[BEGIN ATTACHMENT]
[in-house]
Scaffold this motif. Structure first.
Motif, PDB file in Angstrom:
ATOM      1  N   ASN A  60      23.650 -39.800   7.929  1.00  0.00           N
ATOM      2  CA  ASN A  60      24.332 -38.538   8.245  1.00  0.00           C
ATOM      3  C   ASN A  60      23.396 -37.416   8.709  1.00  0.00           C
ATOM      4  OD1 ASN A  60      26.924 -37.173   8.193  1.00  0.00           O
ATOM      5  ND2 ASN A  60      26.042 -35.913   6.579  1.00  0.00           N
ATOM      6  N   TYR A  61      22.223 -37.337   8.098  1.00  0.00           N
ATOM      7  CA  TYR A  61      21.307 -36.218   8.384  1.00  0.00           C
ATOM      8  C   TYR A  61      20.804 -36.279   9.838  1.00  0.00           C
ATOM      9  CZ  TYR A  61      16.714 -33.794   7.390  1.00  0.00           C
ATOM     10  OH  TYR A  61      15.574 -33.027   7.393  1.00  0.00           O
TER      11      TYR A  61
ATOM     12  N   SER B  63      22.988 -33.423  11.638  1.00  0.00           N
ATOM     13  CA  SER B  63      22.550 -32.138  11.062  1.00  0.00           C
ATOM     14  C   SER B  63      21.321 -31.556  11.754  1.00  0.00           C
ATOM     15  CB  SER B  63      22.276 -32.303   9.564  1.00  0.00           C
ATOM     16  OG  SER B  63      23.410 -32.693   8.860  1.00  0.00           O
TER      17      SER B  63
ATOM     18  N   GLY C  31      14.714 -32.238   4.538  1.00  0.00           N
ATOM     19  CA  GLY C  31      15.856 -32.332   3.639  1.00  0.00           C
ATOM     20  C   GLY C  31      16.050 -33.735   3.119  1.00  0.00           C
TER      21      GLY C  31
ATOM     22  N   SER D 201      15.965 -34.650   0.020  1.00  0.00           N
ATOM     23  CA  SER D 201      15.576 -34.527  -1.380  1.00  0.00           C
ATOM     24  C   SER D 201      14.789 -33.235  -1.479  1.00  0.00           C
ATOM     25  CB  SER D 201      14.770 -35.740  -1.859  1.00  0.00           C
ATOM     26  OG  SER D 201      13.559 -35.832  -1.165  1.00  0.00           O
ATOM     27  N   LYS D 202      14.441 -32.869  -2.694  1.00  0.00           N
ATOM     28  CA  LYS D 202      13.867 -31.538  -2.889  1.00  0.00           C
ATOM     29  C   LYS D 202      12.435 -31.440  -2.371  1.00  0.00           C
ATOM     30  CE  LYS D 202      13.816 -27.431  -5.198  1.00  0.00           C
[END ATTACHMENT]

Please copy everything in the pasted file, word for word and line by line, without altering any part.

[in-house]
Scaffold this motif. Structure first.
Motif, PDB file in Angstrom:
ATOM      1  N   ASN A  60      23.650 -39.800   7.929  1.00  0.00           N
ATOM      2  CA  ASN A  60      24.332 -38.538   8.245  1.00  0.00           C
ATOM      3  C   ASN A  60      23.396 -37.416   8.709  1.00  0.00           C
ATOM      4  OD1 ASN A  60      26.924 -37.173   8.193  1.00  0.00           O
ATOM      5  ND2 ASN A  60      26.042 -35.913   6.579  1.00  0.00           N
ATOM      6  N   TYR A  61      22.223 -37.337   8.098  1.00  0.00           N
ATOM      7  CA  TYR A  61      21.307 -36.218   8.384  1.00  0.00           C
ATOM      8  C   TYR A  61      20.804 -36.279   9.838  1.00  0.00           C
ATOM      9  CZ  TYR A  61      16.714 -33.794   7.390  1.00  0.00           C
ATOM     10  OH  TYR A  61      15.574 -33.027   7.393  1.00  0.00           O
TER      11      TYR A  61
ATOM     12  N   SER B  63      22.988 -33.423  11.638  1.00  0.00           N
ATOM     13  CA  SER B  63      22.550 -32.138  11.062  1.00  0.00           C
ATOM     14  C   SER B  63      21.321 -31.556  11.754  1.00  0.00           C
ATOM     15  CB  SER B  63      22.276 -32.303   9.564  1.00  0.00           C
ATOM     16  OG  SER B  63      23.410 -32.693   8.860  1.00  0.00           O
TER      17      SER B  63
ATOM     18  N   GLY C  31      14.714 -32.238   4.538  1.00  0.00           N
ATOM     19  CA  GLY C  31      15.856 -32.332   3.639  1.00  0.00           C
ATOM     20  C   GLY C  31      16.050 -33.735   3.119  1.00  0.00           C
TER      21      GLY C  31
ATOM     22  N   SER D 201      15.965 -34.650   0.020  1.00  0.00           N
ATOM     23  CA  SER D 201      15.576 -34.527  -1.380  1.00  0.00           C
ATOM     24  C   SER D 201      14.789 -33.235  -1.479  1.00  0.00           C
ATOM     25  CB  SER D 201      14.770 -35.740  -1.859  1.00  0.00           C
ATOM     26  OG  SER D 201      13.559 -35.832  -1.165  1.00  0.00           O
ATOM     27  N   LYS D 202      14.441 -32.869  -2.694  1.00  0.00           N
ATOM     28  CA  LYS D 202      13.867 -31.538  -2.889  1.00  0.00           C
ATOM     29  C   LYS D 202      12.435 -31.440  -2.371  1.00  0.00           C
ATOM     30  CE  LYS D 202      13.816 -27.431  -5.198  1.00  0.00           C